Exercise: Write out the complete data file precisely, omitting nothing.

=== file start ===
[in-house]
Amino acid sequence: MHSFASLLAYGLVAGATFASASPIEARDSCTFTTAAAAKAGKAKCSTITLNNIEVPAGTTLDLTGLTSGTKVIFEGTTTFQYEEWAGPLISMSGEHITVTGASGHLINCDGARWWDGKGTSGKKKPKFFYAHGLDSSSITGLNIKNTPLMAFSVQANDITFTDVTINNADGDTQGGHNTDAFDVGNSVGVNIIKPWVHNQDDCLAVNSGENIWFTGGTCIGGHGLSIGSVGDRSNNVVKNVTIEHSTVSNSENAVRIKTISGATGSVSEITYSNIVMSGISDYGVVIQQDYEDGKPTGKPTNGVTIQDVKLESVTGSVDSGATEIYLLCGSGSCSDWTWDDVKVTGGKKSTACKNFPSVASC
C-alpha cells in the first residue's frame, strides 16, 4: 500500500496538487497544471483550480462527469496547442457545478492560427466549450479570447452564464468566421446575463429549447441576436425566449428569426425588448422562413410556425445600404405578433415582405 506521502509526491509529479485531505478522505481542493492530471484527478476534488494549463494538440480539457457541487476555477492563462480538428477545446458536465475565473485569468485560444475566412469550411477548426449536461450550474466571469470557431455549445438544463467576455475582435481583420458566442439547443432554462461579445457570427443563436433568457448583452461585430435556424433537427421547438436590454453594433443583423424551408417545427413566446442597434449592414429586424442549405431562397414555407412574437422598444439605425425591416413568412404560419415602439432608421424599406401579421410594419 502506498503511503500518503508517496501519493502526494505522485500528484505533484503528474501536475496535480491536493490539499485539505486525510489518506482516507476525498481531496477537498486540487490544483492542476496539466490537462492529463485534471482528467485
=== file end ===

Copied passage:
[in-house]
Amino acid sequence: MHSFASLLAYGLVAGATFASASPIEARDSCTFTTAAAAKAGKAKCSTITLNNIEVPAGTTLDLTGLTSGTKVIFEGTTTFQYEEWAGPLISMSGEHITVTGASGHLINCDGARWWDGKGTSGKKKPKFFYAHGLDSSSITGLNIKNTPLMAFSVQANDITFTDVTINNADGDTQGGHNTDAFDVGNSVGVNIIKPWVHNQDDCLAVNSGENIWFTGGTCIGGHGLSIGSVGDRSNNVVKNVTIEHSTVSNSENAVRIKTISGATGSVSEITYSNIVMSGISDYGVVIQQDYEDGKPTGKPTNGVTIQDVKLESVTGSVDSGATEIYLLCGSGSCSDWTWDDVKVTGGKKSTACKNFPSVASC
C-alpha cells in the first residue's frame, strides 16, 4: 500500500496538487497544471483550480462527469496547442457545478492560427466549450479570447452564464468566421446575463429549447441576436425566449428569426425588448422562413410556425445600404405578433415582405 506521502509526491509529479485531505478522505481542493492530471484527478476534488494549463494538440480539457457541487476555477492563462480538428477545446458536465475565473485569468485560444475566412469550411477548426449536461450550474466571469470557431455549445438544463467576455475582435481583420458566442439547443432554462461579445457570427443563436433568457448583452461585430435556424433537427421547438436590454453594433443583423424551408417545427413566446442597434449592414429586424442549405431562397414555407412574437422598444439605425425591416413568412404560419415602439432608421424599406401579421410594419 502506498503511503500518503508517496501519493502526494505522485500528484505533484503528474501536475496535480491536493490539499485539505486525510489518506482516507476525498481531496477537498486540487490544483492542476496539466490537462492529463485534471482528467485